In the first year of Belshazzar, Daniel saw a vision of four beastly creatures ascending from the chaotic sea – Daniel 7:1-8.
Daniel received a vision in which he saw “four beasts ascending” from the sea. The first half of the chapter describes the vision, the second half presents its interpretation. The vision had a fourfold structure, corresponding to the four parts of the “great image” seen by Nebuchadnezzar in his earlier dream, with its golden head, silver arms and breast, brass belly and thighs, and legs of iron and clay.
The seventh chapter is transitional. It concludes the first half of the book and introduces the main subjects of the last half. Parallels are provided between Nebuchadnezzar’s dream of the “great image” and Daniel’s vision of four “beasts from the sea,” as well as verbal links to the visions presented in the next several chapters.
The great image envisioned by Nebuchadnezzar had a “head of fine gold,” which represented his reign. Each of its four components signified a different kingdom, beginning with Babylon. Likewise, in Daniel’s vision, Babylon was the first of the four “beasts” that he saw “ascending from the sea” – (Daniel 2:31-45).
Previously, Daniel identified the “head of gold” as Nebuchadnezzar but did not identify the three subsequent kingdoms. And the pictorial clues provided in his interpretation were too few and ambiguous to link the other three realms to any known historical empires. Likewise, in chapter 7, the identities of the second, third and fourth beasts are allusive, although more details are given.
- (Daniel 7:1-2) – “In the first year of Belshazzar, king of Babylon, Daniel beheld a dream and visions of his head upon his bed, then he wrote the dream and told the sum of the matters. I was looking in my vision in the night when, lo, the four winds of the heavens bursting forth upon the great sea; and four large beasts ascending from the sea, diverse one from another.”
The “first year of Belshazzar.” Daniel received the vision when Babylon was still the dominant power in the Near East. Belshazzar was the regent who governed the city for his father, King Nabonidus (reigned 556-539 B.C.). Belshazzar was killed when the city fell to the “Medes and Persians” in October 539 B.C.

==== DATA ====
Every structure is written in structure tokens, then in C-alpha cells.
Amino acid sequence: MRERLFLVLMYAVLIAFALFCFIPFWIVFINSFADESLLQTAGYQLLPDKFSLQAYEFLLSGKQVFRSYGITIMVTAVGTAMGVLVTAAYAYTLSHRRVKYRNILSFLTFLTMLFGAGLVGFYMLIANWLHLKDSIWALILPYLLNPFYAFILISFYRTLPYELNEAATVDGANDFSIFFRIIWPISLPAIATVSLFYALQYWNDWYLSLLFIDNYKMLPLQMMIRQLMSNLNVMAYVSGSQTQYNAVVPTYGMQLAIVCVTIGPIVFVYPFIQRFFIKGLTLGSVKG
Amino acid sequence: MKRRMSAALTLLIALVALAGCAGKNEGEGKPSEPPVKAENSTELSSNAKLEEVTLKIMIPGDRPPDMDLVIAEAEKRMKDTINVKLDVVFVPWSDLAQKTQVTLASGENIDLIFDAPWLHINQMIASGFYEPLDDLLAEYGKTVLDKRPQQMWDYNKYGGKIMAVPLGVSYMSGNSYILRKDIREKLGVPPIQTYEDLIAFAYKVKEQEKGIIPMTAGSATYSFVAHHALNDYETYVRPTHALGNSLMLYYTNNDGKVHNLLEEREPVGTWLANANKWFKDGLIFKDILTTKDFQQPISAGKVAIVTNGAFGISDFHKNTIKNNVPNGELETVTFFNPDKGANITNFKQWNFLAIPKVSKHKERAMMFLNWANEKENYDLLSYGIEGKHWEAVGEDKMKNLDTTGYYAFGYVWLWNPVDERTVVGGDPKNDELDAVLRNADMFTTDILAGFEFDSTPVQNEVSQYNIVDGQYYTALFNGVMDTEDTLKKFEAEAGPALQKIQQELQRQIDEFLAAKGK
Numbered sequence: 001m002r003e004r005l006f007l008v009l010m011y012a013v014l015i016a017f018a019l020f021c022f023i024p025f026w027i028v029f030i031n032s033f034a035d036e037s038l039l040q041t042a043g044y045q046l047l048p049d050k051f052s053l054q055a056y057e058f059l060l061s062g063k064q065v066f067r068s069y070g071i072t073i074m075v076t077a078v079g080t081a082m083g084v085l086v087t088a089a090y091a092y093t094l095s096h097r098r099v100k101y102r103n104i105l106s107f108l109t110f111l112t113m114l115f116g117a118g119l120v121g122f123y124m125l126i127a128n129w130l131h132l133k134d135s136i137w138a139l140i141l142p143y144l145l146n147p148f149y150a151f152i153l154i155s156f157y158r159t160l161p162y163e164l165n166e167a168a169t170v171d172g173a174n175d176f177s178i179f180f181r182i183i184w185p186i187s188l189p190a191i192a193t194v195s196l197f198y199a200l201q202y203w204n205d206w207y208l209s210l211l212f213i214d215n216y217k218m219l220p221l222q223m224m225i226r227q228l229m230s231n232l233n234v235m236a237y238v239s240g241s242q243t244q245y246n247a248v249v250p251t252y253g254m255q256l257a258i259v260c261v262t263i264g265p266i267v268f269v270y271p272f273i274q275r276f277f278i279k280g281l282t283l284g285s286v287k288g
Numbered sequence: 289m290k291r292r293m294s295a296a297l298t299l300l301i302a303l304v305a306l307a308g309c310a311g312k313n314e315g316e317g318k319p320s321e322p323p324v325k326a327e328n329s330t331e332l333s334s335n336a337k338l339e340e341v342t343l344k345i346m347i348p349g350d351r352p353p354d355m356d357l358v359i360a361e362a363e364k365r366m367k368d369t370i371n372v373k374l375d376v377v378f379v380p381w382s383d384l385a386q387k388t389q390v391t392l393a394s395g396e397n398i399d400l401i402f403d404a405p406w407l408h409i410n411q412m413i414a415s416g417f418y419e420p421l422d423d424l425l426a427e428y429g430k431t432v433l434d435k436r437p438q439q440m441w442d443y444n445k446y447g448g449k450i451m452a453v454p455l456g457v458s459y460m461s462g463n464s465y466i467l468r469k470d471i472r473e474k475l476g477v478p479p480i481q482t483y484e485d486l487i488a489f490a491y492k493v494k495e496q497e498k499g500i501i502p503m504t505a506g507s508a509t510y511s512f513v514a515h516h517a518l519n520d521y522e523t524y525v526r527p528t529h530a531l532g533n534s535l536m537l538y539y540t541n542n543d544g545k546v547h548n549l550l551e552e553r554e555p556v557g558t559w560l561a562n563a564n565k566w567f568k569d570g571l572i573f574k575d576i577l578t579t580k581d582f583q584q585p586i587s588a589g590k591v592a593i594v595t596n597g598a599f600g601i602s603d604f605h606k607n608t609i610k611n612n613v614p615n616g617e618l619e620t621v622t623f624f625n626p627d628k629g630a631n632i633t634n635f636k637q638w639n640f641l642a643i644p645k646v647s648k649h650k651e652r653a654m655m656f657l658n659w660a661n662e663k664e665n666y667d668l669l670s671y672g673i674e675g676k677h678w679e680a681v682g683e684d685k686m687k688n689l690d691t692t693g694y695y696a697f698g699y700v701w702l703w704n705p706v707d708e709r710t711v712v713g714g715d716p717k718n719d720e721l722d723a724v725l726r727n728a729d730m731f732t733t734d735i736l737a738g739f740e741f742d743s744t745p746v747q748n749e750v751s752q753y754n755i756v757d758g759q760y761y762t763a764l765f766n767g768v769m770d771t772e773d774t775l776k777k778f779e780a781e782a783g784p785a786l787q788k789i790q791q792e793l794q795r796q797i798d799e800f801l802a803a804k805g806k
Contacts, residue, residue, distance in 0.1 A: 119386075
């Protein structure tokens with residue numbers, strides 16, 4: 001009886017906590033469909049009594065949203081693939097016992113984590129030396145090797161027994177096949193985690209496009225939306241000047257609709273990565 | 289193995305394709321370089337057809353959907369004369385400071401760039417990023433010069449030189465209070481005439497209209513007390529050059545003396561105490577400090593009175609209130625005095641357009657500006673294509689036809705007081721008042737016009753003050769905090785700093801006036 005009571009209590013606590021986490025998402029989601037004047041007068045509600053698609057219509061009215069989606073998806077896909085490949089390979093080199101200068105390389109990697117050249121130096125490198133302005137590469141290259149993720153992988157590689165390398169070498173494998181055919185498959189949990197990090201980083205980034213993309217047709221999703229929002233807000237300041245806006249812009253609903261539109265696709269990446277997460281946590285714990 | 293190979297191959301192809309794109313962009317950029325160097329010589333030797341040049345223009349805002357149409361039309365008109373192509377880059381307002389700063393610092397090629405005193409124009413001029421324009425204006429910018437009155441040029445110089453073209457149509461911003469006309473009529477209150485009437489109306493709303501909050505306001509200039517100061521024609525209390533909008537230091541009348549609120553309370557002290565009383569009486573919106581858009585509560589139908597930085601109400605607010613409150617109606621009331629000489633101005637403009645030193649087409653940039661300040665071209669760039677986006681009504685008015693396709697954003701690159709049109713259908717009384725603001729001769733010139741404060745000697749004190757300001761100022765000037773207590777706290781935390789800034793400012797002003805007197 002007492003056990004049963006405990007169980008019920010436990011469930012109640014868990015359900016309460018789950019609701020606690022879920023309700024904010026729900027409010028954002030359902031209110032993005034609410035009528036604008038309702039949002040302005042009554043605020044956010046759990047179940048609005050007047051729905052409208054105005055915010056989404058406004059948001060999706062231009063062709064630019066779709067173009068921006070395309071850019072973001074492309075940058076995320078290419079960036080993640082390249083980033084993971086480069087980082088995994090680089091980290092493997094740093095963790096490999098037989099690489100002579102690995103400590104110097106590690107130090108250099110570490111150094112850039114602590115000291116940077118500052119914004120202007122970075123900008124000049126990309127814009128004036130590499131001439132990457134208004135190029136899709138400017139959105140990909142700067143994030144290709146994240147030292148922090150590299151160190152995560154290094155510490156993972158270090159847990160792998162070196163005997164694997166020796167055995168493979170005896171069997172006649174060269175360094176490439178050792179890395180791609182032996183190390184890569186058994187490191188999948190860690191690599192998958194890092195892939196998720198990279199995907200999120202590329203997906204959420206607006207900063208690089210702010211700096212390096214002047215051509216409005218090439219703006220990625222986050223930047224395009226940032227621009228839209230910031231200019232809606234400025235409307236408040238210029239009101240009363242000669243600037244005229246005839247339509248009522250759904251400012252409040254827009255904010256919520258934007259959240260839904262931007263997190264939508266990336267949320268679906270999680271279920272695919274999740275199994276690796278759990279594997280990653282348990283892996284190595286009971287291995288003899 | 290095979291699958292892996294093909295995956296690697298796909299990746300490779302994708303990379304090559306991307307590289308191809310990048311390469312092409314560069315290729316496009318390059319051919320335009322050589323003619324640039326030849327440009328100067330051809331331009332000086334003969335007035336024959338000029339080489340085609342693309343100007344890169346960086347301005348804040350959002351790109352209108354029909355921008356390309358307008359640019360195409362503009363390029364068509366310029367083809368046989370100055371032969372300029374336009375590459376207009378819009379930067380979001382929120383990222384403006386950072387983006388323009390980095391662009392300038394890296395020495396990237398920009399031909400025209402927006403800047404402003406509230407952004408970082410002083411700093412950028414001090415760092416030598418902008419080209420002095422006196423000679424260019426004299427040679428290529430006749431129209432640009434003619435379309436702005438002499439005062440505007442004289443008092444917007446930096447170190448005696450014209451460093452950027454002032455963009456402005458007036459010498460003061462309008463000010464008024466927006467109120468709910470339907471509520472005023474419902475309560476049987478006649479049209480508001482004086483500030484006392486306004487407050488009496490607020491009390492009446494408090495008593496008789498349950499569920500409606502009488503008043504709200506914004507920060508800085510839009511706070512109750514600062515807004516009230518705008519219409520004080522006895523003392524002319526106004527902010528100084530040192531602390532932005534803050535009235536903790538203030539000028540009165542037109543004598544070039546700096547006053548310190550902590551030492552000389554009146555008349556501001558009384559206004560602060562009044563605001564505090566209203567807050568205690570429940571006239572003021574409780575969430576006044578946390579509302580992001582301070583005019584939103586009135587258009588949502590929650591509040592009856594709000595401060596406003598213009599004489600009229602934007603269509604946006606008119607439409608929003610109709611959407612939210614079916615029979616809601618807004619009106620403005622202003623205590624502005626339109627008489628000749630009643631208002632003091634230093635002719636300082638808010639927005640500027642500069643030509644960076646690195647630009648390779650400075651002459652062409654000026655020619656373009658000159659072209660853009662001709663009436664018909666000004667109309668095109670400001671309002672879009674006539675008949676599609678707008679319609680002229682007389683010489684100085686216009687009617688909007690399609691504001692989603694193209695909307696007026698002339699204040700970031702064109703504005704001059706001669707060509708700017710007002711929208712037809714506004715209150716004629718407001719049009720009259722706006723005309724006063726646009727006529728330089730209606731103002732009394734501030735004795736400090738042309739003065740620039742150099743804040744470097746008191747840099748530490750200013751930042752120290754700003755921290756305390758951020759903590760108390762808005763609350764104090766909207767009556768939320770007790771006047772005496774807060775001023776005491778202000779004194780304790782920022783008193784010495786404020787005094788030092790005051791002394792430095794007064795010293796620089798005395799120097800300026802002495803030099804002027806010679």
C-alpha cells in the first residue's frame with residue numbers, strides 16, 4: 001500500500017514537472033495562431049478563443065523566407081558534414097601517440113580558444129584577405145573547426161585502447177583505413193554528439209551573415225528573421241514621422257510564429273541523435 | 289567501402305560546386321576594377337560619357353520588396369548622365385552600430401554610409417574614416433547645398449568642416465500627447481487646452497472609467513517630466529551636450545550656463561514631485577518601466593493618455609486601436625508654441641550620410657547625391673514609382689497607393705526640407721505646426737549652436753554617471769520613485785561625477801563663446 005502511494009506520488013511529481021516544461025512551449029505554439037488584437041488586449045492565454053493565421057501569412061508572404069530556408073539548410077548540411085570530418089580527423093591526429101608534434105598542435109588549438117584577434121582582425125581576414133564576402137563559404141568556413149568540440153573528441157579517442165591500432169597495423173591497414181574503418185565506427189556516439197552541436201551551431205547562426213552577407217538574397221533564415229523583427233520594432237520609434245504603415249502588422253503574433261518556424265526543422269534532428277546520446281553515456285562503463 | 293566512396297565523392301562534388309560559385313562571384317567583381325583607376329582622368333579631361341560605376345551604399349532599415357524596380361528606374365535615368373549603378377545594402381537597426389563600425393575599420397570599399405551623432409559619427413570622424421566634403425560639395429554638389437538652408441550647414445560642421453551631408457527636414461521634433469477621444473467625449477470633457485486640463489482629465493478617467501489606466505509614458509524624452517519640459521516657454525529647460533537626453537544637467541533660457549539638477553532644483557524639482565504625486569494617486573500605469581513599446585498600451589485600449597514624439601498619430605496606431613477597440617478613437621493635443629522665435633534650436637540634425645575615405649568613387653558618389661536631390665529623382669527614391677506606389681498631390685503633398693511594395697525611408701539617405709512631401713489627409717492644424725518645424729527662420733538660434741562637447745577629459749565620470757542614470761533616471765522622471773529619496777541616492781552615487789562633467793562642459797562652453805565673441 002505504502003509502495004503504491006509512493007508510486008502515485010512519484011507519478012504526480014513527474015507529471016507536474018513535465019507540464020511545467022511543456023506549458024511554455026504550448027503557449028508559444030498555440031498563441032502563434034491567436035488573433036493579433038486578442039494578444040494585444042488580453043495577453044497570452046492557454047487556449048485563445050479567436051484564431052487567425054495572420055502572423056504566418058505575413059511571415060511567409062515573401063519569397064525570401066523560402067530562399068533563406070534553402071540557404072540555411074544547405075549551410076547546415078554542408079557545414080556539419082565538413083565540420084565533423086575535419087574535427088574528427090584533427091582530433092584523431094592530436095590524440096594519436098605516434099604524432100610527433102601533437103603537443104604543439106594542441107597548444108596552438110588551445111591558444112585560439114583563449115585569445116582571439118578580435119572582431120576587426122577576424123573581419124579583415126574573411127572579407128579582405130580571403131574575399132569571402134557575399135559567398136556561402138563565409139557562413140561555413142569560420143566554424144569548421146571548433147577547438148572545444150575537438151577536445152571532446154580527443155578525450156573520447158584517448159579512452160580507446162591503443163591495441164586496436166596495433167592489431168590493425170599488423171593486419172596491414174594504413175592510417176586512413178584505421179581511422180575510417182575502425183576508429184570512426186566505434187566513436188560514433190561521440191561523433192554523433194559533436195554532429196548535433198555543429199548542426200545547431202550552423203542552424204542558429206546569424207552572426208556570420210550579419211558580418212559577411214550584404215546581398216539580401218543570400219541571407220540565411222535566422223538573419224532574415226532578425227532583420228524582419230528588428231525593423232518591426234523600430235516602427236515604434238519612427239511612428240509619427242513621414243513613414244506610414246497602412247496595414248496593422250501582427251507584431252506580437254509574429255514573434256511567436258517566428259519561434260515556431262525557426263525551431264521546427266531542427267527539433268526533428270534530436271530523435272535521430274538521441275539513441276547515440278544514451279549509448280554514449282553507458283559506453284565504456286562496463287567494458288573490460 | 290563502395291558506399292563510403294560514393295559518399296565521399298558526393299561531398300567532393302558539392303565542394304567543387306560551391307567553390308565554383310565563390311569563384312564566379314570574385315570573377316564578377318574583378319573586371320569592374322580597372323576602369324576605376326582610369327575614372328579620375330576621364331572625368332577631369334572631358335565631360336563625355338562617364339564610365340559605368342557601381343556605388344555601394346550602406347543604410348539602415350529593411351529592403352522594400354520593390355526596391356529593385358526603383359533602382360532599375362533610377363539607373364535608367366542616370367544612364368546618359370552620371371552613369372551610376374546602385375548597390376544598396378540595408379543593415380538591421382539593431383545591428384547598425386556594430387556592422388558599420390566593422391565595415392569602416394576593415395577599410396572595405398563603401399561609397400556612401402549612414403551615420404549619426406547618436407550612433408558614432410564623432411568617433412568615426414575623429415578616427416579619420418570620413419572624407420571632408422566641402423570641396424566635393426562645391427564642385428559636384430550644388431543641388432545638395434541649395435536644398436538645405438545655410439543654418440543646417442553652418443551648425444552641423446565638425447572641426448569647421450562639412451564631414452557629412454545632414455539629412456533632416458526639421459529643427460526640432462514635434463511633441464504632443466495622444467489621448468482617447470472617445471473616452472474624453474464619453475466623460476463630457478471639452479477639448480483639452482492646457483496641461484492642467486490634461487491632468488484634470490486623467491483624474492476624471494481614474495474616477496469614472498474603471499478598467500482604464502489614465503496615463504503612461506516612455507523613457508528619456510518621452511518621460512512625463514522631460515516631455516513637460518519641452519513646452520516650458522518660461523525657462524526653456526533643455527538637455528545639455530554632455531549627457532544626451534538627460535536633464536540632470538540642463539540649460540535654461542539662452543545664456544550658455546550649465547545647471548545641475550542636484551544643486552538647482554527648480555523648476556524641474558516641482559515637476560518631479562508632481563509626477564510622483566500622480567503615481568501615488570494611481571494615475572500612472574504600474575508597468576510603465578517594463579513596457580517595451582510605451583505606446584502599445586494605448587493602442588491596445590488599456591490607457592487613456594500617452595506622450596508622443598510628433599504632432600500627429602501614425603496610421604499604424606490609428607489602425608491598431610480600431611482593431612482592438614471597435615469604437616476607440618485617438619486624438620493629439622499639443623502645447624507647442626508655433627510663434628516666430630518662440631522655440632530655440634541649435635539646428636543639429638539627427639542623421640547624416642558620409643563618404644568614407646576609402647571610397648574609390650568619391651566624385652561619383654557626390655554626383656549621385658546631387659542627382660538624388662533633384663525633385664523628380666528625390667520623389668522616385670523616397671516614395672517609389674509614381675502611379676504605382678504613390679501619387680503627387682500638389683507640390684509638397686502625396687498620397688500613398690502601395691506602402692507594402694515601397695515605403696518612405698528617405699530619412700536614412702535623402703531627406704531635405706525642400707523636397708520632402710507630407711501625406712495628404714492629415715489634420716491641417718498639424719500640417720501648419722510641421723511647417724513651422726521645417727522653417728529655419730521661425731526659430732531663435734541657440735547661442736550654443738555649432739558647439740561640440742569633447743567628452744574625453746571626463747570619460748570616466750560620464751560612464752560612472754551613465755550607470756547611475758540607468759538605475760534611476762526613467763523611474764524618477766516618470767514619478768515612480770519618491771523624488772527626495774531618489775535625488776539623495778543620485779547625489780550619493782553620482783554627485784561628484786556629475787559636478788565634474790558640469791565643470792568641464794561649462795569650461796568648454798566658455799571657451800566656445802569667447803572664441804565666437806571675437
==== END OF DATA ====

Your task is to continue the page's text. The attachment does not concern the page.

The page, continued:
“Daniel beheld…visions of his head upon his bed.” The description forms a verbal link to the earlier dream of Nebuchadnezzar when he received “visions of your head upon your bed,” concerning things “which must come to pass in later days” -(Daniel 2:28-29).
The verbal link is deliberate. The four beasts “ascending from the sea” correspond to the four metallic parts of Nebuchadnezzar’s “great image,” and in both dream-visions, the four parts represent four sequential kingdoms.
- (Daniel 7:3-6) – “The first like a lion, having the wings of an eagle. I looked until the wings were torn out, and it was lifted from the earth, and stood upon its feet like a man, and the heart of a man was given to it. And, lo, another beast, a second, resembling a bear, and on one side was it raised up with three ribs in its mouth, between its teeth, and thus were they saying to it, Rise, devour much flesh! After that, I was looking, and lo, another like a leopard, and it had four wings of a bird upon its back, and four heads had the beast, and dominion was given to it.”
“The four winds of heaven” were agitating the surface of the sea, symbolizing restive nations and peoples. The Aramaic text describes the winds as “bursting forth upon the great sea.” That is, it was the turbulence that caused the beasts to emerge from the sea.
The verb rendered “ascending” is an active participle, denoting action in progress; here, the process of “ascending.” The beasts were “ascending” out of the sea in quick succession.
The “four beasts” were unnatural, composite creatures with characteristics from disparate species; for example, the “lion with eagle wings.” Each creature was driven by its animalistic voracity to seize territory.